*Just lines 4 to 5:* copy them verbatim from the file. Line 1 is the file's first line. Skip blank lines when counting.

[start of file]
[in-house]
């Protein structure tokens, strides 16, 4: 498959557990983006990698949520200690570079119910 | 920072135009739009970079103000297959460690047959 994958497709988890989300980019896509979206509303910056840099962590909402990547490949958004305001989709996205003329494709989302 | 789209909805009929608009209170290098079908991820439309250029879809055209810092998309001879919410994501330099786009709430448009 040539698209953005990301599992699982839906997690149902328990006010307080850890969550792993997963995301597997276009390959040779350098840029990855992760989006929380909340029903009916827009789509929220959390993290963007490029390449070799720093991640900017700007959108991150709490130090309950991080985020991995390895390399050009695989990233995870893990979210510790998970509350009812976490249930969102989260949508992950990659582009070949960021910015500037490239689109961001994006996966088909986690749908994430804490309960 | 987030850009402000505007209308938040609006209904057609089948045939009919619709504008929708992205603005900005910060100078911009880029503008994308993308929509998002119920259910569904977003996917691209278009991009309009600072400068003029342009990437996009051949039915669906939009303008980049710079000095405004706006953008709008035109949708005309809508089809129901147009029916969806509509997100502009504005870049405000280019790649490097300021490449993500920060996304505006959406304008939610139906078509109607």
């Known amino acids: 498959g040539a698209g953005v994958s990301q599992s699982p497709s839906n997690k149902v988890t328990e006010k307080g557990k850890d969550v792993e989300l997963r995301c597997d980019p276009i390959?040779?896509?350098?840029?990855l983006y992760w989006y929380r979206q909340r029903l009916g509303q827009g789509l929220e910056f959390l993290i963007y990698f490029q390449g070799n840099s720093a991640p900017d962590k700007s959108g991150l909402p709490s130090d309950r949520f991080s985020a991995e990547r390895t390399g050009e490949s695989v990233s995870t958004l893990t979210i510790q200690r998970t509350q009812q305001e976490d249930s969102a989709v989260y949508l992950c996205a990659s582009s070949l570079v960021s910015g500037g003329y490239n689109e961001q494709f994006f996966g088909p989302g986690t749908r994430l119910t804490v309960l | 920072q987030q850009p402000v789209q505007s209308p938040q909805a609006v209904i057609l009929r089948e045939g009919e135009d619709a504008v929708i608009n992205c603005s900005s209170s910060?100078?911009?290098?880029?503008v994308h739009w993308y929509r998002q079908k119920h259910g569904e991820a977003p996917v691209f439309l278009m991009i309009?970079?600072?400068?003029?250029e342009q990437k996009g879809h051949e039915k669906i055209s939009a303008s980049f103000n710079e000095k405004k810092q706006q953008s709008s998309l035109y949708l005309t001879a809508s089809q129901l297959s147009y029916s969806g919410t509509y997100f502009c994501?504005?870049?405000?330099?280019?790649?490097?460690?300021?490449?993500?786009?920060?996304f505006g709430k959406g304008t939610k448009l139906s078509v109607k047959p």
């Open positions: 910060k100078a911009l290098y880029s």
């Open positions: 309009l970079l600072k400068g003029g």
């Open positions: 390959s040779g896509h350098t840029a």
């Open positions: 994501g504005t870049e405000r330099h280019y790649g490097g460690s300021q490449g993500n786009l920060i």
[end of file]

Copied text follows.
């Open positions: 910060k100078a911009l290098y880029s």
């Open positions: 309009l970079l600072k400068g003029g």